- A photograph of the Manitoba Agricultural College student executive council, 1916: Rae Salkeld, fifth-year president, class of 1916; Frank Laughland, third-year degree president, class of 1918; J. G. Anderson, first-year president, class of 1920; George Brown, fourth-year president, class of 1917; Harold Andrews, literary society president, class of 1919; Chester Bissett, athletic association president, class of 1919; Gordon Hunter, third-year diploma president, class of 1919; Ernest Baragar, second-year president, class of 1919; Evadine Judson, second-year home economics president, class of 1919; Gretta Lyon, third-year home economics president, class of 1918; Kate Fletcher, home economics athletic association president, class of 1919; A. Robertson, student body president, class of 1917; Mary Rathwell, home economics student body president, class of 1918; Gladys Stockwell, first-year home economics president, class of 1920; and Annie Robson, president of home economics literary society, class of 1920., Luna Collection ID - 109::UMANITOBALCM::NA, Luna Object ID - 433794, Luna Image ID - 155845
Faculty of Agriculture fonds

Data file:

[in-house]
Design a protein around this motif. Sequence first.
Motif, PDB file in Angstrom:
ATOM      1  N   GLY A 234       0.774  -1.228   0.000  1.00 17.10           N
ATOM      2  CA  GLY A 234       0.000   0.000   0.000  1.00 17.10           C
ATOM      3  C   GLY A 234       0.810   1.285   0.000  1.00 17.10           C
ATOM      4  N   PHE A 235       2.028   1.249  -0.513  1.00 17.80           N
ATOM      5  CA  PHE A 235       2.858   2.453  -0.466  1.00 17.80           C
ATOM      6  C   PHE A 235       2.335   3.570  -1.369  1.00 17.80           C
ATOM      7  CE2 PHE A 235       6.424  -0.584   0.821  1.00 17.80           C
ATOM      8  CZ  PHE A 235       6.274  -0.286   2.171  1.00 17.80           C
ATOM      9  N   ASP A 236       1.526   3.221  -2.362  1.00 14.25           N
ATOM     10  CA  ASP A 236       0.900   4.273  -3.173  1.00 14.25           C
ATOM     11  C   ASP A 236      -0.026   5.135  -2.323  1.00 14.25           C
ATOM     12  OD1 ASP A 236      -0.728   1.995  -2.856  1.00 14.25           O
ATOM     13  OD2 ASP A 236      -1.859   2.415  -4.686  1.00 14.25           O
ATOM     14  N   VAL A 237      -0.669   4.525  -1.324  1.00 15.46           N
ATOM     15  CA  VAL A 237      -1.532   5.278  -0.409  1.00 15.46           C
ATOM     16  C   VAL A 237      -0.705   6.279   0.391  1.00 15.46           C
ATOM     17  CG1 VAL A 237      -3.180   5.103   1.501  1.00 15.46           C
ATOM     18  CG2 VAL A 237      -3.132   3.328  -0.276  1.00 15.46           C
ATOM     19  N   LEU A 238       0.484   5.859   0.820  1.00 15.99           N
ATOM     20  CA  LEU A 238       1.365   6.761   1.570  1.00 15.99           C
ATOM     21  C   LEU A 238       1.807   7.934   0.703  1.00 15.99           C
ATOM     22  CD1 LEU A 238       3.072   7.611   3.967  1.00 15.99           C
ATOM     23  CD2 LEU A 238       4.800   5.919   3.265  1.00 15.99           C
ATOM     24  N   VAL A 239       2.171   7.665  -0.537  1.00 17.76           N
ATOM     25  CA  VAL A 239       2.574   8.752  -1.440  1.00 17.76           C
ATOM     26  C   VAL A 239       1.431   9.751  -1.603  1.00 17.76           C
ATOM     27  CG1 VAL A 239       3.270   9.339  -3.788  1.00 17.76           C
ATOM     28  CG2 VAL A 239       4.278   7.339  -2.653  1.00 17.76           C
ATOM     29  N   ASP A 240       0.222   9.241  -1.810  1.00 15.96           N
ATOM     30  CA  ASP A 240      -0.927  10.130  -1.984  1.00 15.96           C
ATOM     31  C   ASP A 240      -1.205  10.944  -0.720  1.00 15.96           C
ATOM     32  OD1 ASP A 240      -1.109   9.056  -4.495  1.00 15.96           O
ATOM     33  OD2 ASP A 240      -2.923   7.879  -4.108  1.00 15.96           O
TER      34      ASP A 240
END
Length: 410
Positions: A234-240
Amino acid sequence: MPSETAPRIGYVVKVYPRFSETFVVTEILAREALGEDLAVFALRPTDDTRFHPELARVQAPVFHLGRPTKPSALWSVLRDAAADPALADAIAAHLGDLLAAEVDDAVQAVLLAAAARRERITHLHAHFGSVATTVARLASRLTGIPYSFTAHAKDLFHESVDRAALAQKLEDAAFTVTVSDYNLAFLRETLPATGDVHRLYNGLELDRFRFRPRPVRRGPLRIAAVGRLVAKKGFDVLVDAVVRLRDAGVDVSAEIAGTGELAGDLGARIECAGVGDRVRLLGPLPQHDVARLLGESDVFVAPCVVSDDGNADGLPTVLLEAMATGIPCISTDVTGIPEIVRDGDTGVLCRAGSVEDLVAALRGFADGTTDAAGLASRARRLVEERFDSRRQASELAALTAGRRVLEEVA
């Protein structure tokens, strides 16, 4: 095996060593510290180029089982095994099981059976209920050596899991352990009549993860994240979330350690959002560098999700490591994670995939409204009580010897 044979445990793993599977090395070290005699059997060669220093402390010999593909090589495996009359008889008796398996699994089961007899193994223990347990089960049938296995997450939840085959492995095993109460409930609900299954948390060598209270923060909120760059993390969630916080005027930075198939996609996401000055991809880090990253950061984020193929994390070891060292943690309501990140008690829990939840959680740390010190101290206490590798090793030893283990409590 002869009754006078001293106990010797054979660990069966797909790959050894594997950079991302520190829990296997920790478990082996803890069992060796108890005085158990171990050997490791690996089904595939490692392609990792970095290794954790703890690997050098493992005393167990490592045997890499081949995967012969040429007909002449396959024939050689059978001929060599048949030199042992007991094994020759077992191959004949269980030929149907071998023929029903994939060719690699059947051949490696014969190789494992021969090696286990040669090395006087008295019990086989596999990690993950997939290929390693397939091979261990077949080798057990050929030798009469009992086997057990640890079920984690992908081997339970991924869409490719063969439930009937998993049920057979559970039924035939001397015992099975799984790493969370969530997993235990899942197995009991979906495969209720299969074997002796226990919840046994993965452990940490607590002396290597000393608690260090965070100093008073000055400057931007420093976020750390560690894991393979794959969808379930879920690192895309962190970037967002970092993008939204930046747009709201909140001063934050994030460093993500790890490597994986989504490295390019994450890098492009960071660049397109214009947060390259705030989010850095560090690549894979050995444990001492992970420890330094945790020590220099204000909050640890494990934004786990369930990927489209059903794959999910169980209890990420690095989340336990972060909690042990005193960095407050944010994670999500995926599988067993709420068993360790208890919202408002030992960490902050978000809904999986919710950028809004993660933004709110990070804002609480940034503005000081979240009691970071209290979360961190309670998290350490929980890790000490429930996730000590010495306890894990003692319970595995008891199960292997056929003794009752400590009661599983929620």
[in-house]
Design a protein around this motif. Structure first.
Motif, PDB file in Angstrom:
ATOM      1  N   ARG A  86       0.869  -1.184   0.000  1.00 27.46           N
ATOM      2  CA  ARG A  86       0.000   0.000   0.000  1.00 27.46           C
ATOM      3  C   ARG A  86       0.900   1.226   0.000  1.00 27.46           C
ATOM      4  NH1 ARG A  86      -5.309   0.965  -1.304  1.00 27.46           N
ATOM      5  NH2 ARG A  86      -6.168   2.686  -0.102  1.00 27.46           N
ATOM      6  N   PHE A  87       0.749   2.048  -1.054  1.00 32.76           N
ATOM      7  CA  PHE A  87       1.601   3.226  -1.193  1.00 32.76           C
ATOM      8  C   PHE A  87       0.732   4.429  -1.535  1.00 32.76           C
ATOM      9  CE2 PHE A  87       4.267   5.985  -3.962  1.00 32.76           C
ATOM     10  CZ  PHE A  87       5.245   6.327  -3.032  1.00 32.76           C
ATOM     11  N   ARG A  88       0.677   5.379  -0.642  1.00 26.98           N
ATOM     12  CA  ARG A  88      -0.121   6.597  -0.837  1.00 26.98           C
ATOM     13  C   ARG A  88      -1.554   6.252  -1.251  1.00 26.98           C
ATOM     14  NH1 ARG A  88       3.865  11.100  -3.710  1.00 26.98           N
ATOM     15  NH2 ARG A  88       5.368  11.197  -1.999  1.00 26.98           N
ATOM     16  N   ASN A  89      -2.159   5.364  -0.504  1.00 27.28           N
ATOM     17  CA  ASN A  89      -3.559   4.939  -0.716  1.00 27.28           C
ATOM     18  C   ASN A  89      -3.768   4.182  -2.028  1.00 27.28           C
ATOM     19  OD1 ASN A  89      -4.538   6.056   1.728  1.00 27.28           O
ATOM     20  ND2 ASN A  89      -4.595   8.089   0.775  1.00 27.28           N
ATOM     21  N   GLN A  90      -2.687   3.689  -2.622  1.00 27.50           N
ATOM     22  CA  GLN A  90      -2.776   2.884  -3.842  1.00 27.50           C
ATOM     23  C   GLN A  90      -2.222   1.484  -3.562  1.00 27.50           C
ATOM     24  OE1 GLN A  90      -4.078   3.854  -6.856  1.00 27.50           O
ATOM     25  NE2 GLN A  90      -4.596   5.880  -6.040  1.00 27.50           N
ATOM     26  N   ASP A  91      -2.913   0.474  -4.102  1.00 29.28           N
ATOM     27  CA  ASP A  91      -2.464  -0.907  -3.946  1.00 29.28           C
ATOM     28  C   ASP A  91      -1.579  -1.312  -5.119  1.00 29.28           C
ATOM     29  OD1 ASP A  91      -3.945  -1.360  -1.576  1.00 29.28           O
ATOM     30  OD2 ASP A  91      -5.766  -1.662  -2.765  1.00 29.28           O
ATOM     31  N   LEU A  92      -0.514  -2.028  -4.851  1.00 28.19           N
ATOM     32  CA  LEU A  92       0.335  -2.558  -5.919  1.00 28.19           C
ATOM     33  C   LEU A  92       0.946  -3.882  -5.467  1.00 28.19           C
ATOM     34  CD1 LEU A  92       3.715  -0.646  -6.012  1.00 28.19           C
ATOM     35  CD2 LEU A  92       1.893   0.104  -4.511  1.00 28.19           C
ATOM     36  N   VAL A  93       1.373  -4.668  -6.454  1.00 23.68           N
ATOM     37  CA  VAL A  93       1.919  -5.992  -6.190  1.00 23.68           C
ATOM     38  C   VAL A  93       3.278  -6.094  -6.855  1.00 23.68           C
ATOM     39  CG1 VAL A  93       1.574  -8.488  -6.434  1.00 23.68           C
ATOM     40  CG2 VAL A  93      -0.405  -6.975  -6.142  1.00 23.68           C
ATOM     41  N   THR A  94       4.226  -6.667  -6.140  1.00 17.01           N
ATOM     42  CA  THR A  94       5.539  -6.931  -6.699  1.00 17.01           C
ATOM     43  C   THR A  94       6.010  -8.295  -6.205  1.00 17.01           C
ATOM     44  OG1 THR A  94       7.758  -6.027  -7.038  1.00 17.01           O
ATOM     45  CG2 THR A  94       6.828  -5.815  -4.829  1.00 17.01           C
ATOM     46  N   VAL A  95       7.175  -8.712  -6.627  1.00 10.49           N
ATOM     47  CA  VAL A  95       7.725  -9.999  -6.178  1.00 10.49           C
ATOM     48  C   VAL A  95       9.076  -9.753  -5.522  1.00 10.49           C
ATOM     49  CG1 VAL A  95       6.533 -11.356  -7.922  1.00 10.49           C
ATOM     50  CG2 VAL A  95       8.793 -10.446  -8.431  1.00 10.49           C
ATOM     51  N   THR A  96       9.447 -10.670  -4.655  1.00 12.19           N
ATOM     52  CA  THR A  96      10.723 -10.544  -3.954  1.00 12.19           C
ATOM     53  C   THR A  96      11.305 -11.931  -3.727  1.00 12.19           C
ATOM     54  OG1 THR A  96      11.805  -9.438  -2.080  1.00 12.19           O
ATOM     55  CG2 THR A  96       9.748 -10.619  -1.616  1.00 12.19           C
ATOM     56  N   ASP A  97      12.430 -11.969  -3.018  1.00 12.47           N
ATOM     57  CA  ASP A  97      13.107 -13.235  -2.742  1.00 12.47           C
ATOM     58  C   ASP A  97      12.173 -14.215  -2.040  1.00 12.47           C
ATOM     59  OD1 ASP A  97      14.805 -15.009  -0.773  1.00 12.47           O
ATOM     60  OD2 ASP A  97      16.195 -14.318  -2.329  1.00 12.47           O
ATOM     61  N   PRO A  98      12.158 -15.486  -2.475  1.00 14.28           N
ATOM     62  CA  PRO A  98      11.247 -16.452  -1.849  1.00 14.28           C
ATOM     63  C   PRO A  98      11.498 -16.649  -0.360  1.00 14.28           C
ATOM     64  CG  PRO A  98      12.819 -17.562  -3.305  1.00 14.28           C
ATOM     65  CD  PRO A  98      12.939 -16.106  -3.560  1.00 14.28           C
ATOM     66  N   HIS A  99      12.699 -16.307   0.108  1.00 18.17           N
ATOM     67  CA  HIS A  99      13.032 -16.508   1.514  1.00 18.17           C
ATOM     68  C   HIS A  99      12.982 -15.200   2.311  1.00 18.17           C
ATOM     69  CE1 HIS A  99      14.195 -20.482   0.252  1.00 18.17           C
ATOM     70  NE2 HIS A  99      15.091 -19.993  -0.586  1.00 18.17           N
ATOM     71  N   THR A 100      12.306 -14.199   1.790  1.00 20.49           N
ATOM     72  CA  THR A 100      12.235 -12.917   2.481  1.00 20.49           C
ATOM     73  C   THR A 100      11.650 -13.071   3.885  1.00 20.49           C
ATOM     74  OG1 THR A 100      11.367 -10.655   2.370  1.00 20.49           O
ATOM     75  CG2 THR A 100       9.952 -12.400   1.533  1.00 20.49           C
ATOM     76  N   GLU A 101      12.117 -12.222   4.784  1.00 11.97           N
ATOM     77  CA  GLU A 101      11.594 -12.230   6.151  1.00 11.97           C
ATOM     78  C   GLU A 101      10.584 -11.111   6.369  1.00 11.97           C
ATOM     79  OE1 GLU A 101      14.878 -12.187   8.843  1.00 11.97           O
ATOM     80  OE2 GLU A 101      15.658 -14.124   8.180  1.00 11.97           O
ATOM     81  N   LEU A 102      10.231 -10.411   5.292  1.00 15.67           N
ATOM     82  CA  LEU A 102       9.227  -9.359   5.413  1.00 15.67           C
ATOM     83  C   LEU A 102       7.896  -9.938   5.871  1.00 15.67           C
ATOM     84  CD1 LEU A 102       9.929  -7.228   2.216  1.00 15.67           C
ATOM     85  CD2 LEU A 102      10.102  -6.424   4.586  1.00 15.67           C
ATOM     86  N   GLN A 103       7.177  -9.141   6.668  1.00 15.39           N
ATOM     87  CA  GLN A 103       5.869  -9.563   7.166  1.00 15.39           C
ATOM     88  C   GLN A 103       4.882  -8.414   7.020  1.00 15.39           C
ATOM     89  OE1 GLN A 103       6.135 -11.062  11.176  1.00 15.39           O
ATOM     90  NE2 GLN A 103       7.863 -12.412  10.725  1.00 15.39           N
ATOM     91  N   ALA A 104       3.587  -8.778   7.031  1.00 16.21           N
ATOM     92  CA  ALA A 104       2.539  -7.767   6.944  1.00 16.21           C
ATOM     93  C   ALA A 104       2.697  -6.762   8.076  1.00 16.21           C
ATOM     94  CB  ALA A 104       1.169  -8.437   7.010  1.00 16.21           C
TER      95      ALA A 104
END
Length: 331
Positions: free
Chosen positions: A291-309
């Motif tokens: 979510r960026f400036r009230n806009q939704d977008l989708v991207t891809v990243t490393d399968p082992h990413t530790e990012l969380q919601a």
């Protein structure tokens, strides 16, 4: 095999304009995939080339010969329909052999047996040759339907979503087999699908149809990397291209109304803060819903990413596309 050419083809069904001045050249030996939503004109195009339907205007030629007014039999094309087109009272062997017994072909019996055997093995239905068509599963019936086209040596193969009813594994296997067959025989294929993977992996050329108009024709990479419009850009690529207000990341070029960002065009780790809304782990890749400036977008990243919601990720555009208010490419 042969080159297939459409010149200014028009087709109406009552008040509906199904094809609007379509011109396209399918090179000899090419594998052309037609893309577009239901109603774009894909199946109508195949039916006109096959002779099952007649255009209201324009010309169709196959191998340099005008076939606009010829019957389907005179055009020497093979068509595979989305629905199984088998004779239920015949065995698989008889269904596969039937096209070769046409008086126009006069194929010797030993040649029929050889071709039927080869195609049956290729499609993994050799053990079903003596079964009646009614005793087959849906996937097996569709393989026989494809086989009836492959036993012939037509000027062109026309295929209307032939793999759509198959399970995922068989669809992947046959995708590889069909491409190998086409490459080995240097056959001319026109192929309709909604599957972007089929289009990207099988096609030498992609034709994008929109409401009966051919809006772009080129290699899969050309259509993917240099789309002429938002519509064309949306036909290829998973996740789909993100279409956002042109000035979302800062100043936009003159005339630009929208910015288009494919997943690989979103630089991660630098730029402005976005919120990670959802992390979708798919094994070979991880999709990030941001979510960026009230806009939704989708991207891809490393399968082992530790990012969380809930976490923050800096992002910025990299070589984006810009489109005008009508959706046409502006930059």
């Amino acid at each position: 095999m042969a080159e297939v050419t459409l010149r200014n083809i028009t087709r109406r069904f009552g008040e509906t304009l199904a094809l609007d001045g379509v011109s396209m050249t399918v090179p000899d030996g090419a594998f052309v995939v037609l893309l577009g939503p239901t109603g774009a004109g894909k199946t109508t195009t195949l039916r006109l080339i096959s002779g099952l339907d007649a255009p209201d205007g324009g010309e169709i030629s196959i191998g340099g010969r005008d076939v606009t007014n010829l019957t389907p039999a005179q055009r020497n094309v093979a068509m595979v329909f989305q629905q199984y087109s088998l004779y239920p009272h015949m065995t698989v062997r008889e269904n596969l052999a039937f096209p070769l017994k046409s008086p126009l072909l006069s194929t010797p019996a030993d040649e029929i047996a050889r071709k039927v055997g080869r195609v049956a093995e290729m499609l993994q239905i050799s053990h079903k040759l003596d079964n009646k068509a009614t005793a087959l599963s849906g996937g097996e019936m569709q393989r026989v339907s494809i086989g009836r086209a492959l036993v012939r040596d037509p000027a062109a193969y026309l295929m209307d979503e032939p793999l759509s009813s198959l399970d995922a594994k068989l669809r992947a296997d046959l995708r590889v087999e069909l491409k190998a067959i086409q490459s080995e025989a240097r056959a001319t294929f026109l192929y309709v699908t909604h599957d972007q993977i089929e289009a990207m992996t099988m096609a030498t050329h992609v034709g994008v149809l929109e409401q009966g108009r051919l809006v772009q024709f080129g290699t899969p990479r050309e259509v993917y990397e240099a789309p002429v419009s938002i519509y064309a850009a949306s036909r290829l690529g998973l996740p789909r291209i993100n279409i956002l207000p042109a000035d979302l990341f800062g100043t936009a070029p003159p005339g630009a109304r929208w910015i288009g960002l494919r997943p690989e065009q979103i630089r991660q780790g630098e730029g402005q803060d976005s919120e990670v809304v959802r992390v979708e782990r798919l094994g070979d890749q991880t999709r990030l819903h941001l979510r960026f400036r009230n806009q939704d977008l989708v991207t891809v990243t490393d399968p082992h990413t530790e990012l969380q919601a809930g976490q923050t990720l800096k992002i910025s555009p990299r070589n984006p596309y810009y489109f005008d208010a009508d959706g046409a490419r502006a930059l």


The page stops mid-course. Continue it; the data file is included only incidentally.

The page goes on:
Manitoba Agricultural College was formerly opened in 1906. In the following year, Manitoba Agricultural College became affiliated with the University of Manitoba so that the degree in agriculture could be conferred on students who had successfully completed the five-year course. However, the affiliation of Manitoba Agricultural College with the University was terminated by an Act of the Provincial Legislature in 1912 when the College was granted degree conferring powers. However, in 1916, the Act was amended and the affiliation between the College and University was restored again. The University of Manitoba conferred the degree Bachelor of Science in Agriculture (B.S.A) for the first time in May 1911. Regular instruction in Home Economics began the same year and the degree of Bachelor of Home Economics (B.H.E.) was first conferred in May 1918. On March 1, 1924, by Act of the Manitoba Legislature, the administration of Manitoba Agricultural College was transferred to the Board of Governors of the University and it was arranged that in future, the instructional work of the College could be carried on as a Faculty of Agriculture and Home Economics of the University. The length of the degree courses in both Agriculture and Home Economics was reduced to four sessions in 1927-1928 to conform with the other university faculties. In 1929, the Legislature selected the site in Fort Garry, already occupied by the Manitoba Agricultural College since 1913, as the permanent site of the university. A systematic program of work in the field of rural adult education was begun in 1940. By 1941, the Faculty consisted of six departments: Animal Science, Bacteriology and Animal Pathology, Dairy Husbandry, Entomology, Plant Science ,and Soils. In 1946, the Department of Agricultural Engineering was added to the faculty. In 1966, the Faculty of Agriculture and Home Economics opened the Centre for Applied Research at Glenlea, twenty kilometers south of Winnipeg. In 1970, the Faculty of Agriculture and Home Economics separated into two independent faculties, Agriculture and Home Economics. Beginning in 1971, the Faculty of Agriculture, through sponsorship from the provincial government, became involved with various foreign aid programs. This culminated in 1979 when the Canadian International Development Agency (C.I.D.A.) financed a joint agricultural program with the University of Zambia. In July 1991, the Faculty became the Faculty of Agricultural and Food Sciences.